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Begging, Pleading For Change

Published: January 20, 2011 11:22 am ET

Last Comment: January 20, 2011 12:28 pm ET | 1 Comment(s) | Jump to Comments

While discussing the dicey situation the British horse racing industry is currently facing with bookmakers over the upcoming edition of the horseracing levy, Matthew Hancock, a Tory MP, has offered some comments which can apply to the nature of racing industry group relationships across the globe.

An article on explains that Hancock made comments during a Commons debate which were in regard to the idea of overhauling the industry's funding system.

The horseracing levy is paid to the British racing industry by wagering firms. Many bookmakers have argued that the levy level that the racing industry is pushing for in the upcoming version of the levy is too high. The levy is based on a percentage of the gross profits made by bookmakers on racing.

"I think all sides agree that the levy is broken and needs radical reform," Hancock was quoted as saying in the report.

"The bookies think that the levy's broken, racing thinks it's broken, the Secretary of State (Jeremy Hunt) thinks it's broken."

In a quote which can apply to many racing group in many jurisdictions, Hancock went on to say, "No one wants the annual spectacle of ministerial decision about the funding of racing -- not least because it unnecessarily antagonizes relationships, wastes time and money, and prevents a proper commercial relationship between racing and betting."

Later, Hancock said, "I ask you this -- years from now, will we look back in wonderment at this sport of beauty and skill and speed that fell into ruin, or will we say that in the nick of time we gave this great sport that we love the future it deserves?"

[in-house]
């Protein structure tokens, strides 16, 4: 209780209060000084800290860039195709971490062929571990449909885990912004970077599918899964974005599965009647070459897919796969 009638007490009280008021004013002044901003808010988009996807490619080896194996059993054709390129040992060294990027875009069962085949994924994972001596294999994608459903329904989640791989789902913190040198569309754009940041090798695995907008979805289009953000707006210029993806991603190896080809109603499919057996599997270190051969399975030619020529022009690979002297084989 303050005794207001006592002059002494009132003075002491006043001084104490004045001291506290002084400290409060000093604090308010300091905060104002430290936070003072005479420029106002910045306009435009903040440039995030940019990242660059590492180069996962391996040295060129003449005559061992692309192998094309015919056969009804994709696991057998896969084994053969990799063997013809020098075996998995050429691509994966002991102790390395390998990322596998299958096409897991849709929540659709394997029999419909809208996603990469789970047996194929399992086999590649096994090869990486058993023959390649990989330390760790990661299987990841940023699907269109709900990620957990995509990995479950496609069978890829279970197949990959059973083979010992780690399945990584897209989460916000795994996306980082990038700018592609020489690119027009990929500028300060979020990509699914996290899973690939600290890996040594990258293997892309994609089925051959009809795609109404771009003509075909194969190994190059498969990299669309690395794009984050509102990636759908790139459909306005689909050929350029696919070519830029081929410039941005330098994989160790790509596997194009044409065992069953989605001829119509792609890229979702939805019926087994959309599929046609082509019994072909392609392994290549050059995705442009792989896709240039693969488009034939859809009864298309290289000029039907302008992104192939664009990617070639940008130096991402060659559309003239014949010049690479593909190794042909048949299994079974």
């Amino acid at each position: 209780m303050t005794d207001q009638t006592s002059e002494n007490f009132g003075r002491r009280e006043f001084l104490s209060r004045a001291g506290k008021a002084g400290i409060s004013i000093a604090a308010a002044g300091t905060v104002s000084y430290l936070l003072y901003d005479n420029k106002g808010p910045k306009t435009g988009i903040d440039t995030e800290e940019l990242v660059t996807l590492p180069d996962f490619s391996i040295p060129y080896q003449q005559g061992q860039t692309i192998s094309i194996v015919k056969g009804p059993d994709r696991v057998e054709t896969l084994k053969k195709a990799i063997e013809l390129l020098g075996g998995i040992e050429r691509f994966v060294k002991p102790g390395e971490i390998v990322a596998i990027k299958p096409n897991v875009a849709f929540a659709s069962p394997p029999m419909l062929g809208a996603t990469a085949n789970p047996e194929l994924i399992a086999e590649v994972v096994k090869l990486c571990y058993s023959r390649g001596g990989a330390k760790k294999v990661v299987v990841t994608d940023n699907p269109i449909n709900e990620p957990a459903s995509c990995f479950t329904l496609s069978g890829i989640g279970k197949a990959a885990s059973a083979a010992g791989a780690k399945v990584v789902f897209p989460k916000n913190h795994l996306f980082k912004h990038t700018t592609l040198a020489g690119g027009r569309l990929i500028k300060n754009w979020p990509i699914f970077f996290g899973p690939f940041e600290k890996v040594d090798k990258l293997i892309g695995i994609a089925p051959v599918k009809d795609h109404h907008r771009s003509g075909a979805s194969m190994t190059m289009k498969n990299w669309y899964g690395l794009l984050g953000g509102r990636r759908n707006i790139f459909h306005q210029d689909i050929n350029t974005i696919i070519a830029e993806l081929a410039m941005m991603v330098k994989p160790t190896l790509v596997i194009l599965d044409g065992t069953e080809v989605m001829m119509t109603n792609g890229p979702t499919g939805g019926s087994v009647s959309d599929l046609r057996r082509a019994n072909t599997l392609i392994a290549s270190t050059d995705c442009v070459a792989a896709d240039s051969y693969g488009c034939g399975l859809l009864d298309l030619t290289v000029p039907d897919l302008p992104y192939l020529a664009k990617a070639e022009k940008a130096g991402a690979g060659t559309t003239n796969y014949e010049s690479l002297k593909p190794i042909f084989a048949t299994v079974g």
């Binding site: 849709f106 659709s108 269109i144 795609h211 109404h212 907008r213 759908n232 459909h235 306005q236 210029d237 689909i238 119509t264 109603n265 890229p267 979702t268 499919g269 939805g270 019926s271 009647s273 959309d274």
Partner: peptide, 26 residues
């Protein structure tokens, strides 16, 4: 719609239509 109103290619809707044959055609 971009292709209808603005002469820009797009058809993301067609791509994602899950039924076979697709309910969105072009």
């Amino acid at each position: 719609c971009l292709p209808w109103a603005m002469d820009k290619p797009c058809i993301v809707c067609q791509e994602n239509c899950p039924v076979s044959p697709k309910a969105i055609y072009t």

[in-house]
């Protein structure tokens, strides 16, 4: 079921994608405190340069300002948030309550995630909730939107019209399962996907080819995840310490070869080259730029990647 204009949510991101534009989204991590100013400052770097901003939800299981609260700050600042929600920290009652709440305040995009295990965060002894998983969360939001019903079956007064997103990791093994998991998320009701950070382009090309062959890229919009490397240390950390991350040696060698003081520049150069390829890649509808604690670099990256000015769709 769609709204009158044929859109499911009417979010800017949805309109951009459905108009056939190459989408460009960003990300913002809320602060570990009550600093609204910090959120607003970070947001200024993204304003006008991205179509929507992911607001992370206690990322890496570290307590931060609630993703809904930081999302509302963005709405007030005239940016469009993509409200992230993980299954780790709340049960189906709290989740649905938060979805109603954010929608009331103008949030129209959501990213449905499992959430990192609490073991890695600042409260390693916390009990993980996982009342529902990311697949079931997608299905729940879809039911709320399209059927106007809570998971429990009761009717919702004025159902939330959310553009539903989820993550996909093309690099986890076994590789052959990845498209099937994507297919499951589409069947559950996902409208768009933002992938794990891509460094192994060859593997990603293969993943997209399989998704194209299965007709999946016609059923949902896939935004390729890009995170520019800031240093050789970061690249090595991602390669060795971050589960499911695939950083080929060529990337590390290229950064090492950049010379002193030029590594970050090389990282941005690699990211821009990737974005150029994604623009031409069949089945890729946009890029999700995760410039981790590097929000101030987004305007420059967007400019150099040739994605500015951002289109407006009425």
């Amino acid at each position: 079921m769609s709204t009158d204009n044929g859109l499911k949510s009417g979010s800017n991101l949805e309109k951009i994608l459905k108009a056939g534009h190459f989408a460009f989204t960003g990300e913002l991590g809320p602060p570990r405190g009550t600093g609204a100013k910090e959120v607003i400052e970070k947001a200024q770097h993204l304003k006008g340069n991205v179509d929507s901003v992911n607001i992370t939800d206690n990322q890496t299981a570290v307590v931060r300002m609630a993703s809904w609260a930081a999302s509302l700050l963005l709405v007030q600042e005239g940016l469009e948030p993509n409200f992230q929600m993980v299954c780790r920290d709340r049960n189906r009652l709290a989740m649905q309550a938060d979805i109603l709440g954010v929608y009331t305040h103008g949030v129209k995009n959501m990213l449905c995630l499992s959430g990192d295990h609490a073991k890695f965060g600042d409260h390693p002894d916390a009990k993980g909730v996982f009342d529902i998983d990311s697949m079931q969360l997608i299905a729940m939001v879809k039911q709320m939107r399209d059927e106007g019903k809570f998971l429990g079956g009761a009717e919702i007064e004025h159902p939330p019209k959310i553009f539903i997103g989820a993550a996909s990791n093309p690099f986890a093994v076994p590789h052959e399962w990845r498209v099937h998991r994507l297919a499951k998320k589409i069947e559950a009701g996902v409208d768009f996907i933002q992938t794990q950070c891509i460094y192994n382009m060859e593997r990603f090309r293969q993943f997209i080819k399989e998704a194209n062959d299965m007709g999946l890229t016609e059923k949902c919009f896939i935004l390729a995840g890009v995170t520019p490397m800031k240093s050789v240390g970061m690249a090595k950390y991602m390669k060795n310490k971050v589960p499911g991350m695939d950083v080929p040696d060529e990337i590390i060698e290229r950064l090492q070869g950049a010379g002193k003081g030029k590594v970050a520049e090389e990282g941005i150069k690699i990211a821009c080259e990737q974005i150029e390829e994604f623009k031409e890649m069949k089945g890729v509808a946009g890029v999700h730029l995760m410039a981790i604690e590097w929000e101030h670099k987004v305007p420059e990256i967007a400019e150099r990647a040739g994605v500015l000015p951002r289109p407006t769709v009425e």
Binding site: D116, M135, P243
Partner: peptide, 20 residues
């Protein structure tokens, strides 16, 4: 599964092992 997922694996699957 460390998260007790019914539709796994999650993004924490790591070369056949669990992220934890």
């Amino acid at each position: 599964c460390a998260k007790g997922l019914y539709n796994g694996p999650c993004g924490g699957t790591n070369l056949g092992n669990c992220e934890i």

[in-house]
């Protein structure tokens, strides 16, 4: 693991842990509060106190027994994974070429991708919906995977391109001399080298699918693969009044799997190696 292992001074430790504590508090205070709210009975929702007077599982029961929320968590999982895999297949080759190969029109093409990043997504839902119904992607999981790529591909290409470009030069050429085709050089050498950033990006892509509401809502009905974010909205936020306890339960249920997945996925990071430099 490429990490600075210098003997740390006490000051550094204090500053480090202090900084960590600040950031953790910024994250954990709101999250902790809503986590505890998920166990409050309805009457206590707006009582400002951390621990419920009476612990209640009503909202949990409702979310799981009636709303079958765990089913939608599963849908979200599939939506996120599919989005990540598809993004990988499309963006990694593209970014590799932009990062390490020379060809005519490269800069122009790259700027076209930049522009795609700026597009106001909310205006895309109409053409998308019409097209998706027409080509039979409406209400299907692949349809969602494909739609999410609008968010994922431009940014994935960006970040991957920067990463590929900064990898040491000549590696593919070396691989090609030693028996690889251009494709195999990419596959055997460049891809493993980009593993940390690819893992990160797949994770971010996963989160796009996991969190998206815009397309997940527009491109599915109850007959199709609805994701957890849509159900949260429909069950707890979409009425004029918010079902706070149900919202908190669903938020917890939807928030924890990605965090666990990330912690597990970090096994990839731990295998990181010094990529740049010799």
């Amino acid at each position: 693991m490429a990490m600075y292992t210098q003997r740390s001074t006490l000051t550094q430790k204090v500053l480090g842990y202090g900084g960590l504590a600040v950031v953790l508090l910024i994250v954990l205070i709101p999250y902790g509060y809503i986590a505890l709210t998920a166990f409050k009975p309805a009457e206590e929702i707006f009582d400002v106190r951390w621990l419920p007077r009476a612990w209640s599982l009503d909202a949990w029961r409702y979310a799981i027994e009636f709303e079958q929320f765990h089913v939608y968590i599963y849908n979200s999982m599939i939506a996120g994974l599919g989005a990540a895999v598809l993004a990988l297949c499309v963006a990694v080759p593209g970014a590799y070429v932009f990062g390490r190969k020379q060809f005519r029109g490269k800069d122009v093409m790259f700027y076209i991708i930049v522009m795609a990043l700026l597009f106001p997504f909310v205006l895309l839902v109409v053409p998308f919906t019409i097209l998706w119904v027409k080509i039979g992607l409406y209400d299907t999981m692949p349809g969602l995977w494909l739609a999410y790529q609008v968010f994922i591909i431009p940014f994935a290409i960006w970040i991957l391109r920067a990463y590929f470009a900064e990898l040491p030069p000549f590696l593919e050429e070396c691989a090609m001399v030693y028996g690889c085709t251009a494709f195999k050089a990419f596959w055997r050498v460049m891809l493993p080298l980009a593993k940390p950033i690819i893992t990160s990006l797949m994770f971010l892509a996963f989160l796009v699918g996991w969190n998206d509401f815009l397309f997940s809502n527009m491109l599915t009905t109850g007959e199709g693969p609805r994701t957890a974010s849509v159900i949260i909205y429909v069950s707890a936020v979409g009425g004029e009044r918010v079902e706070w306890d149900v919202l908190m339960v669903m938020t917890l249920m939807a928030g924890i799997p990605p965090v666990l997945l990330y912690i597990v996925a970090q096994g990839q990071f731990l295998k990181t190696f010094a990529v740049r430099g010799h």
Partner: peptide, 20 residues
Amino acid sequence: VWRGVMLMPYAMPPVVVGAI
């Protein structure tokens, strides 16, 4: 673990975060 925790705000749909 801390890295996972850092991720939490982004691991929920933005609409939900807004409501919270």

(With files from

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January 20, 2011 - 12:28 pmImagine UK bookmakers saying

John Carter SAID...

Imagine UK bookmakers saying horse racing is stuck in the 60's and years from now we will look back in wonderment at this great sport that died. I have been posting here for the last year saying over and over again that the race game is stuck in the 60's and 70's. The track GM'S, the boards of directors and track presidents along with racing commission's and so on have to catch onto the fact that they are no longer the only game in town.

You have competition that you never had before. The Walmart's of the world have put all kinds of places out of business, you either adapt to the changing times or you go the way of the dinosaur. The race game has become a welfare industry where they do little to nothing in the way of helping themselves. The only solution they seem to have in north america is to sit back and beg for more handouts. There resistance to change just gets a little bit more pathetic as time goes on.

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